11:15-12:30 – Session A – Return from Exile (Council Room)

Liliana Worth (University of Oxford)

From Outsider to Insider:

Exile-and-Return and the Transformation of Society in the Cantar de Mio Cid

The early thirteenth-century poem the Cantar de Mio Cid has long been recognised as one of Spain’s literary masterpieces. Its popularity is undoubtedly due in part to its depiction of an exiled hero who wins back the king’s favour through sheer military prowess. What has been overlooked inscholarship, however, is the extent to which the Cid’s political exile-and-return marks the transformation of society within the economy of the poem. Moreover, my reading offers a distinct framework with which to question both pre-modern and contemporary narratives of exile and examine the outsider’s role in shaping society. Initially, the king’s banishment – contrived by members of the higher nobility – indicates the failure of this society to accommodate the Cid and the distinct qualities he embodies, such as dynamism and military prowess.

The hero’s return and subsequent movement towards the centre of power culminates in the displacement of his antagonists. This inversion signals the transformation of a society from one which prioritises a higher yet inert nobility to one which favours a more lowly yet dynamic kind of hero. This work, albeit medieval, is arguably representative of how exile narratives – across periods – are often models of social critique and celebrate the outsider’s power to change society: the protagonists shore up societal flaws and both embody and implement policies that are lacking in the societies portrayed. It is therefore potentially significant that a narrative of political exile should be the basis of one of Spain’s greatest national literary works.

Isabel Macedo & Rosa Cabecinhas (Universidade do Minho)

Diasporic identity(ies): migrants as filmmakers and actors in Lusophone documentary films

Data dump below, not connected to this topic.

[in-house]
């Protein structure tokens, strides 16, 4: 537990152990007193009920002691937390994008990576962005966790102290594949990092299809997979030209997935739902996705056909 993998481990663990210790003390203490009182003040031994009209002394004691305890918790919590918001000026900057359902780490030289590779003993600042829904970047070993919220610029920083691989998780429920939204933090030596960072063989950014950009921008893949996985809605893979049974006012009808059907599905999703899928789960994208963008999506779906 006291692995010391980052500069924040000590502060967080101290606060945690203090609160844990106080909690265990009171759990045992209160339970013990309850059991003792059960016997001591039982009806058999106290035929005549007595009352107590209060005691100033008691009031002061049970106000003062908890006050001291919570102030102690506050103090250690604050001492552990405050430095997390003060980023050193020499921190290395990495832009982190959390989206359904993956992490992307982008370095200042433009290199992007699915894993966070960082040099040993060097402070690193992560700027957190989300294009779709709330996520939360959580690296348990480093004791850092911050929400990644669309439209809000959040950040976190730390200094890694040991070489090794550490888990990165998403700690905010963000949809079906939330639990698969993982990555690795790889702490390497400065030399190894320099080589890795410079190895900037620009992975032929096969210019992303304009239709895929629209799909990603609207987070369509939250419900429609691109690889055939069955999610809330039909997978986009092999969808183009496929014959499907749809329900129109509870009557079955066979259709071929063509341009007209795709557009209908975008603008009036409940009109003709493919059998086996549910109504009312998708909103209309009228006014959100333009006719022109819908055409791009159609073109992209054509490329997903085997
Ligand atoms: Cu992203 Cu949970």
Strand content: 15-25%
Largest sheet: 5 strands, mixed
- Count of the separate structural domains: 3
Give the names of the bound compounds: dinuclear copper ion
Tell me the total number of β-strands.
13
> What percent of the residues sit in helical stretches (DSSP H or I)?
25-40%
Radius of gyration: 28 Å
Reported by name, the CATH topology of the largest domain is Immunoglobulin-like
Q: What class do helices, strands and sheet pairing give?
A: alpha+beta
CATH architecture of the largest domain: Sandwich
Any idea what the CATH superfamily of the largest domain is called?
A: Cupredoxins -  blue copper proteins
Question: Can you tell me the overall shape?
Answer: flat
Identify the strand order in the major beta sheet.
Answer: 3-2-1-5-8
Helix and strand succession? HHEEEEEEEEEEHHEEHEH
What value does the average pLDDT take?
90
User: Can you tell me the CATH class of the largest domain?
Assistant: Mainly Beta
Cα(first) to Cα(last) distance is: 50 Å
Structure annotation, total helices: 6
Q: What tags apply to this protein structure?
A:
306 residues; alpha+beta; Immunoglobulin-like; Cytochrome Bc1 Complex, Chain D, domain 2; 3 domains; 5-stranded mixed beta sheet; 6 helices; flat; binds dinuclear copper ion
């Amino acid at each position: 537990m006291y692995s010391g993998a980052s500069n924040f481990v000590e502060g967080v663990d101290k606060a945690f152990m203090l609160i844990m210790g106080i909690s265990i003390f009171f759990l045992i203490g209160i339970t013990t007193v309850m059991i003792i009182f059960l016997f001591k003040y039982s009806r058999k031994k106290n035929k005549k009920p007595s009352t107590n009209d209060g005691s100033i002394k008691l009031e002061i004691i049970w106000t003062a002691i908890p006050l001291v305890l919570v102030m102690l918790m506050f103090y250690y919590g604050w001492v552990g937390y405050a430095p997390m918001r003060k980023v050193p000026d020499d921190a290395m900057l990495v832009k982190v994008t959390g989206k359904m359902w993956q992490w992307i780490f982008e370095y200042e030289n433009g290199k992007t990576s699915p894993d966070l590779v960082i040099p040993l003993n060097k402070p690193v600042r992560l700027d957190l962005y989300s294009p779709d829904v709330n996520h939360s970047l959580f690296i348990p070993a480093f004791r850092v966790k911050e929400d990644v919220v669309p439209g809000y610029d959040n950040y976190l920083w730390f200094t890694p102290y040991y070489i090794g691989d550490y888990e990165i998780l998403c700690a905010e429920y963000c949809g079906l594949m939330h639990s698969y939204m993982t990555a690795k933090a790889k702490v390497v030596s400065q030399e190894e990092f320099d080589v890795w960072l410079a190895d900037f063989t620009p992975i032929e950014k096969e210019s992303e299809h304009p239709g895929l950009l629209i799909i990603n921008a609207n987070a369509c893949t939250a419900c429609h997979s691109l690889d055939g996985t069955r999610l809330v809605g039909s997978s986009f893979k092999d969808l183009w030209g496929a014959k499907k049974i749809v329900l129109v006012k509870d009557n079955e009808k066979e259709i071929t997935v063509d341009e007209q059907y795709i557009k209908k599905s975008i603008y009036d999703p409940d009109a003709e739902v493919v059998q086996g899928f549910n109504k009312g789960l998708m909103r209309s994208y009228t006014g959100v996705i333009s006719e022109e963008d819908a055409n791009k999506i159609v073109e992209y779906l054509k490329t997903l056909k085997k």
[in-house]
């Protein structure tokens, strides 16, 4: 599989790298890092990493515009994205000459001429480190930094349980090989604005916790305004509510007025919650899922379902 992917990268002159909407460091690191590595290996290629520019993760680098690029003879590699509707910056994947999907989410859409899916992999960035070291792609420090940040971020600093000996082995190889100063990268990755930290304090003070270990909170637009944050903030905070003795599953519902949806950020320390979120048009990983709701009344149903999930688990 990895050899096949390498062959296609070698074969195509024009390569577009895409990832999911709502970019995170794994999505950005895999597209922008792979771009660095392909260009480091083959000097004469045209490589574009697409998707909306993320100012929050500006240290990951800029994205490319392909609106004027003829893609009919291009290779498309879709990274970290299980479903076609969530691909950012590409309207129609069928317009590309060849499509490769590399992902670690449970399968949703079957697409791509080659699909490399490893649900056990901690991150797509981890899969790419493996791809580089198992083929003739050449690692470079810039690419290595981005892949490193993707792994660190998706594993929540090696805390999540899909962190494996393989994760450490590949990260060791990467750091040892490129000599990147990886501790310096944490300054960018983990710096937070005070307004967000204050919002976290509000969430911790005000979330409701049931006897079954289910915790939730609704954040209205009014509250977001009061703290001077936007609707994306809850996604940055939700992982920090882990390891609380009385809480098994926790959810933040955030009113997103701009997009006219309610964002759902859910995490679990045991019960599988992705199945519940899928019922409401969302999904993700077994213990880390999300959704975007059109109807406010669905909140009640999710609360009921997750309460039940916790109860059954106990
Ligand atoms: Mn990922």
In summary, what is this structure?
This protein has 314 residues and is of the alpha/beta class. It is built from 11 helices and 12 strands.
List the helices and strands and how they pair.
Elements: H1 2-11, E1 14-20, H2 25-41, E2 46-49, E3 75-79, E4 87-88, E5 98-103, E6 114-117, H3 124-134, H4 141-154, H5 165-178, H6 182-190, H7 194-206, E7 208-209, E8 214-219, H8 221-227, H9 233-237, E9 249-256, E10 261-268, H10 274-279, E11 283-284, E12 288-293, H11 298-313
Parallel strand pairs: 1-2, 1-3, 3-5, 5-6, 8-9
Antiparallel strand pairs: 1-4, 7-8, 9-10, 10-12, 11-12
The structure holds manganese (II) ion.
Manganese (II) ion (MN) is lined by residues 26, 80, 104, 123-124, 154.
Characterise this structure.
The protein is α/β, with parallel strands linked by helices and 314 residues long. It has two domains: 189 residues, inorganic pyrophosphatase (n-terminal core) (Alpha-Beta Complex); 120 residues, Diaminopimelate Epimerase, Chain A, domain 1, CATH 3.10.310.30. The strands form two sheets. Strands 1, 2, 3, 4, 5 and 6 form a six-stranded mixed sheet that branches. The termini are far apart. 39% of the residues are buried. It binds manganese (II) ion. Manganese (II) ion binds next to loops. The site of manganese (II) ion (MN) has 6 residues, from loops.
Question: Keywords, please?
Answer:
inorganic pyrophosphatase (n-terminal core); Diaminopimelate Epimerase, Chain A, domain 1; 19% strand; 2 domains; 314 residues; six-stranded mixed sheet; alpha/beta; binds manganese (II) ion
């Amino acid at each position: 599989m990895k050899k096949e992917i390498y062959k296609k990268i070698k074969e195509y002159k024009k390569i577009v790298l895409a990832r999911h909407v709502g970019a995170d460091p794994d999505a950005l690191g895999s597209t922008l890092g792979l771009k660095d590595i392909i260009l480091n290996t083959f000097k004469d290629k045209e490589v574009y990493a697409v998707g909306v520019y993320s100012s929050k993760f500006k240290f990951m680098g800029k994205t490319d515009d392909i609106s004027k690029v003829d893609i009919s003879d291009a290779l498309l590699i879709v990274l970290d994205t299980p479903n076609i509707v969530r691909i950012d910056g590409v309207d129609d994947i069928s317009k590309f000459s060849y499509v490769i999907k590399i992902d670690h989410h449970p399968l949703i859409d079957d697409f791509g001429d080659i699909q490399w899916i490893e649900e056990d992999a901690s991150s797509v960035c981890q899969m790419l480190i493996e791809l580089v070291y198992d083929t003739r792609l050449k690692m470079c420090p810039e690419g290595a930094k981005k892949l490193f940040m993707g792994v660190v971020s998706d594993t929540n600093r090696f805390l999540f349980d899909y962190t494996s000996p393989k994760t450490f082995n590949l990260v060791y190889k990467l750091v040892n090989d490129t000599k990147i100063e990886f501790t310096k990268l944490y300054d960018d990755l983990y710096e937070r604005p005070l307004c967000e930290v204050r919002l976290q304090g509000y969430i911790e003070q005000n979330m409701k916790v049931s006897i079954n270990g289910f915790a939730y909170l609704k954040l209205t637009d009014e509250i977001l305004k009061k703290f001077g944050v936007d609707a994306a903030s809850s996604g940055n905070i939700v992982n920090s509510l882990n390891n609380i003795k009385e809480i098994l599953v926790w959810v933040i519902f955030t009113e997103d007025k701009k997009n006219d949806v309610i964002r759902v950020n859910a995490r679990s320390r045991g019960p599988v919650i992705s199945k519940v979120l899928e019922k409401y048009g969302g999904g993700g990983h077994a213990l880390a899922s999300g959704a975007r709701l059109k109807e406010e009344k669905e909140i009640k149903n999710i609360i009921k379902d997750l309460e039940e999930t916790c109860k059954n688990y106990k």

Diasporic populations sustain cultural continuity and distinct identities through time, while they also keep links with their original homeland and with populations of same origin across the world. This paper focuses on people who have directly experience enforced migration, and who develop distinct identities and social relations within and across countries. Through audiovisual narratives of people who lived diasporic experiences, by relating image (spaces) and discourse, we have gained a more precise insight to the discussion on the identity process and on the concept of home. The documentaries analysed in this paper – “Goodbye, until tomorrow” (2007) from António Escudeiro and “Dundo, colonial memory” (2009) from Diana Andringa – allow us to reflect on the role of migration experiences in the process of identity (re)making, and their impact on everyday life. These two filmmakers are people who were enforced to leave Angola, where they were born and raised, and came to Portugal. Both returned to Angola after several decades, to review the spaces of the past and to confront their memories. Through content and discourse analysis of the selected documentaries, our main concern was to examine the contexts and the meanings of the messages produced. Furthermore, semi-structured interviews with the filmmakers allowed us to understand the relationship between migration and identity by discussing the notion of what means being at home and leaving home for the two interviewees. Two homes were found in their audiovisual narratives: the real home related to the domestic and familiar spaces, for many years unreachable due to the Angolan civil war, and the symbolic home, connected to memories of exile and nostalgia.

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